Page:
Phoenissae (The Phoenician Women) – Seneca the Younger – Ancient Rome – Classical Literature
(Tragedy, Latin/Roman, c. 65 CE, 664 lines)
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“Phoenissae” (“The Phoenician Women”) is a (possibly incomplete) tragedy by the Roman playwright Seneca the Younger, probably written between about 62 and 65 CE. Based on earlier plays by Euripides and Sophocles, it tells the story of the exile of the blind King Oedipus of Thebes, accompanied by his daughter Antigone, and of the conflict between his sons, Eteocles and Polynices, over the throne of Thebes.
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The disgraced and blinded King Oedipus is wandering in exile after falling from power, accompanied by his faithful daughter, Antigone. Oedipus begs Antigone to allow him to end his miserable life, but Antigone dissuades him and says that she will never leave him. She reveals incidentally that Oedipus’ wife and mother Jocasta is still alive, and also that his son Polynices is in the process of leading an army to retake the city of Thebes from his own brother, Eteocles, who has usurped the throne.
In the second part of the play, the scene changes to the battleground outside Thebes. Jocasta tries to mediate between the two brothers and particularly appeals to Polynices to reconsider his attack, but her pleas fail and the play breaks off just as Polynices is about to attack the city.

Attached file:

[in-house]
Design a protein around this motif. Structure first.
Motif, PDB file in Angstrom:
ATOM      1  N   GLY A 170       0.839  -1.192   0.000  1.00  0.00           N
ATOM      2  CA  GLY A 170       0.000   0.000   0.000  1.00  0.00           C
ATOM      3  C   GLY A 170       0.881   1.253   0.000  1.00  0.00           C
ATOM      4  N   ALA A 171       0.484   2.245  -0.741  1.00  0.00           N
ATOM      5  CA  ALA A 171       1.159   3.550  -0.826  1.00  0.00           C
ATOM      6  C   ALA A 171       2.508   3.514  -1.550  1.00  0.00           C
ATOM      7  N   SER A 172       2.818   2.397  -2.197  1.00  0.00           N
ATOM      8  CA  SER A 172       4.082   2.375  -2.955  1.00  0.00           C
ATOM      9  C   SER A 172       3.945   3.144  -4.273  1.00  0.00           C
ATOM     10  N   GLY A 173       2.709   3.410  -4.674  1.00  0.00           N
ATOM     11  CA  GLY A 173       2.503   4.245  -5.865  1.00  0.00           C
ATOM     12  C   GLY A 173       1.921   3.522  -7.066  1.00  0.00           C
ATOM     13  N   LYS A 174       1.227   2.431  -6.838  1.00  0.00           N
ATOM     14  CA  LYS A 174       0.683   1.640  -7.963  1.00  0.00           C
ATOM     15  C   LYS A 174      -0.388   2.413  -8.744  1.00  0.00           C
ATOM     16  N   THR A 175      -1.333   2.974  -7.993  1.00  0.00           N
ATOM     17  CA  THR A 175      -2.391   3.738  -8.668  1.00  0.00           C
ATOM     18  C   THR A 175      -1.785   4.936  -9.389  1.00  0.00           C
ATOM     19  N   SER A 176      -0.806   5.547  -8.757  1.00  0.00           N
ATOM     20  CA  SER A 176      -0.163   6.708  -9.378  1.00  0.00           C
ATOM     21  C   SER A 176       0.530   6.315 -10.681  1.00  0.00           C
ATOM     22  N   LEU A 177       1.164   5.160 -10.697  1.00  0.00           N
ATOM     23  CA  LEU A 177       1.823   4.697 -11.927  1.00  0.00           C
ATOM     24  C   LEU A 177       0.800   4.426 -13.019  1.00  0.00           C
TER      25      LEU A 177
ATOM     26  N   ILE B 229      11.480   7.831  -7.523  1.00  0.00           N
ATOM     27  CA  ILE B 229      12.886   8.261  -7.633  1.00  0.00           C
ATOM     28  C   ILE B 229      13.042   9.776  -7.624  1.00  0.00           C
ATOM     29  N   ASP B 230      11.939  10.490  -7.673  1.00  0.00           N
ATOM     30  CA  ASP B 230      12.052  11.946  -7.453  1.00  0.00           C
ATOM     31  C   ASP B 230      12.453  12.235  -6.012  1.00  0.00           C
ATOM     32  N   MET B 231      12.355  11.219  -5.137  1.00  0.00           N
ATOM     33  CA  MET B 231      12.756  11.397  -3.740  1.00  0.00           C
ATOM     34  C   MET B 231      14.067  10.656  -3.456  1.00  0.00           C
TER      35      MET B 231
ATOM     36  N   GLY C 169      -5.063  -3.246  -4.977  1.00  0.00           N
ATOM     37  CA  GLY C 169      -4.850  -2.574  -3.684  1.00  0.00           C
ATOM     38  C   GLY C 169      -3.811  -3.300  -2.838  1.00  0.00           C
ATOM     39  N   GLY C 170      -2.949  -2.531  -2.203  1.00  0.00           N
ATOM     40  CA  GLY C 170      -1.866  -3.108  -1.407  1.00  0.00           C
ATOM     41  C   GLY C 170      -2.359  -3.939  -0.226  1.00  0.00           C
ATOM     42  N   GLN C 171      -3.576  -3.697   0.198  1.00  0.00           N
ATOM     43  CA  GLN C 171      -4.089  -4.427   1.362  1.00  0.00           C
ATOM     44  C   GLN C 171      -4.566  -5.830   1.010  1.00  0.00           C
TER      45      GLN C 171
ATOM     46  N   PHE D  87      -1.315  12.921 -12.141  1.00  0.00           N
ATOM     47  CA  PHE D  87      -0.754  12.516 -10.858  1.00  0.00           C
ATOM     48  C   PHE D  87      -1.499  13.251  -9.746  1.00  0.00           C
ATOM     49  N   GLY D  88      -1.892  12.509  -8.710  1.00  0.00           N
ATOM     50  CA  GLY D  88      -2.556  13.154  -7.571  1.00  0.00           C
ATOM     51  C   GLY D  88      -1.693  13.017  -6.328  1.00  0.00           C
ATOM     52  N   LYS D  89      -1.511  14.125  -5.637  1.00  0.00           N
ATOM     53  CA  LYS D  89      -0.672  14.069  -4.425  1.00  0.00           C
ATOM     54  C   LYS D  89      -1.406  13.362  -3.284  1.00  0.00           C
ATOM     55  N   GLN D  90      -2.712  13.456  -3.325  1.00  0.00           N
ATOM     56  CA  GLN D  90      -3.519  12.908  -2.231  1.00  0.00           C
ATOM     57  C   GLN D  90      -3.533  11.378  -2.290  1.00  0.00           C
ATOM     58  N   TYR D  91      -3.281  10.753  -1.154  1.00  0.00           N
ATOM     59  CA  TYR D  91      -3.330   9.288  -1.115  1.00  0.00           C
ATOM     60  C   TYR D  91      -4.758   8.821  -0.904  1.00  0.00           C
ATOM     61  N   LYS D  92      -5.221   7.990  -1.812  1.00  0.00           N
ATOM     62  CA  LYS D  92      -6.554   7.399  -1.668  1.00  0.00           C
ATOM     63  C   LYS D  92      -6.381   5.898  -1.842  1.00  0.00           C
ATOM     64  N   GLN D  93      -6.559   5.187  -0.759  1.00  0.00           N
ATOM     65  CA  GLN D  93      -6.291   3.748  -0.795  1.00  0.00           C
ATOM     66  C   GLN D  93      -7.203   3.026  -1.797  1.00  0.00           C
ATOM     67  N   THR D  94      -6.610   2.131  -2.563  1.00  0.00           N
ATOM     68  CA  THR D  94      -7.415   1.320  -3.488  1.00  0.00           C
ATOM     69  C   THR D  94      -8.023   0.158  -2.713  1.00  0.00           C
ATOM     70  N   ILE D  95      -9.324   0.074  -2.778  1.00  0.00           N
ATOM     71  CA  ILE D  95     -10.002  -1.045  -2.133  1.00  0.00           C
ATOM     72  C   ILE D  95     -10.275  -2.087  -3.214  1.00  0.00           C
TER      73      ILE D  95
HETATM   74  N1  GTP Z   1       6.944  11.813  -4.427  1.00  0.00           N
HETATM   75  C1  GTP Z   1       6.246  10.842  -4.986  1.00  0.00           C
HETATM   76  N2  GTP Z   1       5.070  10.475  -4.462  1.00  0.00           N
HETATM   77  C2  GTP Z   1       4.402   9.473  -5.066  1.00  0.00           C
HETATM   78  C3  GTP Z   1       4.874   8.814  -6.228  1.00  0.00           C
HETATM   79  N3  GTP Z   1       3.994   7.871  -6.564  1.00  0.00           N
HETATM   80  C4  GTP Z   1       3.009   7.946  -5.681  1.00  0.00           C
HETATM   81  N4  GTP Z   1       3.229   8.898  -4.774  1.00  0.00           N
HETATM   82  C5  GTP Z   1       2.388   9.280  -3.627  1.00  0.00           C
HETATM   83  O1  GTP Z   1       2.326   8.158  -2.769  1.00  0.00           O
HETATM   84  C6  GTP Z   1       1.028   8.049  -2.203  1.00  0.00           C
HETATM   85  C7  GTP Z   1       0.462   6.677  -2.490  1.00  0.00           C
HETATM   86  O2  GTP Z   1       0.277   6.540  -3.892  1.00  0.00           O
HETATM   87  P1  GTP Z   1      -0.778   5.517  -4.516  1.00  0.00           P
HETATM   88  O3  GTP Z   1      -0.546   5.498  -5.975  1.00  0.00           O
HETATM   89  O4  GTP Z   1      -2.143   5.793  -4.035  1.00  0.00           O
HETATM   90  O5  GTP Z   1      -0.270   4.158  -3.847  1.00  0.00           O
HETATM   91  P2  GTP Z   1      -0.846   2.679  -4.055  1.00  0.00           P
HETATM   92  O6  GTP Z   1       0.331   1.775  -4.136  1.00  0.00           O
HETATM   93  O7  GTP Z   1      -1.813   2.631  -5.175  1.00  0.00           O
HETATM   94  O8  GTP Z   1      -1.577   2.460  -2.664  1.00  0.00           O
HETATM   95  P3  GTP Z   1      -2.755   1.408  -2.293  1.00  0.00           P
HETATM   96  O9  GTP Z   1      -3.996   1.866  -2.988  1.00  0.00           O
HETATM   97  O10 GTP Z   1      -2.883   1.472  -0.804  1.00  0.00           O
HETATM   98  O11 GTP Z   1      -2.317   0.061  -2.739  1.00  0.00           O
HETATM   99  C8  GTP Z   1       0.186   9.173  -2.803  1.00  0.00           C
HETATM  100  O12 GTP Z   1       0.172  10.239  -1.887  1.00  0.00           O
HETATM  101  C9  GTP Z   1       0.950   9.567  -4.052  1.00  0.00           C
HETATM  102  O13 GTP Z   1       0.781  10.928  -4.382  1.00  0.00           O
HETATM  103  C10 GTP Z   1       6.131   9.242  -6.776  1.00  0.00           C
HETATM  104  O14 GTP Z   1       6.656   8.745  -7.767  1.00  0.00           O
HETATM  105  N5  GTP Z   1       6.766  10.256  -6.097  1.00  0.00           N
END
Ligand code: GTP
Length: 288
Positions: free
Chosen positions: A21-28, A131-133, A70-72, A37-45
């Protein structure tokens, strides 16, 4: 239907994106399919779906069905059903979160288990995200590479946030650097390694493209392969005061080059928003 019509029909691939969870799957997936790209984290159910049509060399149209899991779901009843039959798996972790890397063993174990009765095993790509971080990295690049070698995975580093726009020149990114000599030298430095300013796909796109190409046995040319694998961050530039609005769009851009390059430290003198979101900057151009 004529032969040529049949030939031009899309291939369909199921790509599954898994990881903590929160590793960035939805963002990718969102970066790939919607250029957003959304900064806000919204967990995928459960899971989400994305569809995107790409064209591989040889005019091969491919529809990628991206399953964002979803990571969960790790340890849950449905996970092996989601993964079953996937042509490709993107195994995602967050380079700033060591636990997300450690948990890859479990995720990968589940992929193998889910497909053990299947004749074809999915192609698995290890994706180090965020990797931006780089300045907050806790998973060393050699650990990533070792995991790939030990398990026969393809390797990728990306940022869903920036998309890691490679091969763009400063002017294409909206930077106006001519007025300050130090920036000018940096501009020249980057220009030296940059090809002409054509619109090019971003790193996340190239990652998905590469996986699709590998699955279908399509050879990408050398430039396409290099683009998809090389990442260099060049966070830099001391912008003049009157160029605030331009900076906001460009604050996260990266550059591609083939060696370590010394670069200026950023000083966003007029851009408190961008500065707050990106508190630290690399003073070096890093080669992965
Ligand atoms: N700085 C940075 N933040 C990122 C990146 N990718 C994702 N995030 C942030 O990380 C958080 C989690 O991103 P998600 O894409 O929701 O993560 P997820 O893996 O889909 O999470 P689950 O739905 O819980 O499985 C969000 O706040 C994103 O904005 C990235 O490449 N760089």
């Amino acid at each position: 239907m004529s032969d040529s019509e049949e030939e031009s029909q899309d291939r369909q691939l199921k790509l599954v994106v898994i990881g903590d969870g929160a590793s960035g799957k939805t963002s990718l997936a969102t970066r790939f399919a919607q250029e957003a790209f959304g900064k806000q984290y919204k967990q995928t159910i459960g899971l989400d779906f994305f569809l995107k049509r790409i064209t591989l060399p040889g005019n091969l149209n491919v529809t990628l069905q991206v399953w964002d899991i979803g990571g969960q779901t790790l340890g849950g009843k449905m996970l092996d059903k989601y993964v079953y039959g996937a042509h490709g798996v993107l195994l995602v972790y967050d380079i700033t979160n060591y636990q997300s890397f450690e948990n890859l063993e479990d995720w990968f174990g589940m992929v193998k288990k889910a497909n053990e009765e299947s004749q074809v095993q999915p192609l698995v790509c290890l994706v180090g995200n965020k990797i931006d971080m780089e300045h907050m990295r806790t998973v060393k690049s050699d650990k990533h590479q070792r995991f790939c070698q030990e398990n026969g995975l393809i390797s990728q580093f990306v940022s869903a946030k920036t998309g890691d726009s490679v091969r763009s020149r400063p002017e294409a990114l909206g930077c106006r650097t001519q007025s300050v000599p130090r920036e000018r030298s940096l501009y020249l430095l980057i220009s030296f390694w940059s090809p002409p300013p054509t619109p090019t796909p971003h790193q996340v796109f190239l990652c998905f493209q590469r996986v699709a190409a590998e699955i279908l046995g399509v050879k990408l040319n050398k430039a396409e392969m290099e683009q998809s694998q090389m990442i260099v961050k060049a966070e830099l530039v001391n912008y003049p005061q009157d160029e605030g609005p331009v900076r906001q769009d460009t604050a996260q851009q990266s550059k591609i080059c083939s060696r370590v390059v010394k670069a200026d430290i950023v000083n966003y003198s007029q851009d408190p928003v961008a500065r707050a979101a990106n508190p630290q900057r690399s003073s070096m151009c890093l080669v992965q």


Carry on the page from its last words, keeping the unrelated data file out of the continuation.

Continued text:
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“Phoenissae” is based in large part on Euripides’ “Phoenissae” (“The Phoenician Women”), but also in part on Sophocles’ “Oedipus at Colonus” and “Oedipus the King”, and Seneca was probably also familiar with a play, also called “Phoenissae”, by Lucius Accius. Some critics, however, have argued that the play was written without direct reference to any other older plays, purely from Seneca’s own personal knowledge of the myth and literary tradition (he would have grown up with knowledge of at last one version of the famous legend, quite possibly more).
It is named after the Euripides play, even though the Chorus of Phoenician women (for which Euripides named his play) is essentially non-existent in Seneca’s version, and it is difficult to imagine what a group of Phoenician women might have been doing in Seneca’s setting of the wild area around Cithaeron. Indeed, there is some doubt as to how or why Seneca’s play received that title (another alternative title is “Thebais”, or “The Thebans”, although the historical provenance of that title is also suspect).
The play also appears to be slightly incomplete, given its lack of the usual choral lyrics between acts, the lack of a satisfactory or “true” prologue, the overall shortness of the play, and especially its rather abrupt and unresolved ending, with the main issue of who will rule Thebes left undecided. This, and other technical analysis of the text suggest that “Phoenissae” may well have been Seneca’s last play, and unfinished. It seems likely that he did intend there to be a final act dealing with the expected battle and the three deaths of Eteocles, Polynices and Jocasta, and any other ending would seem to represent an extraordinarily bold departure from the traditional form of the legend, a kind of departure not found elsewhere in Seneca’s works.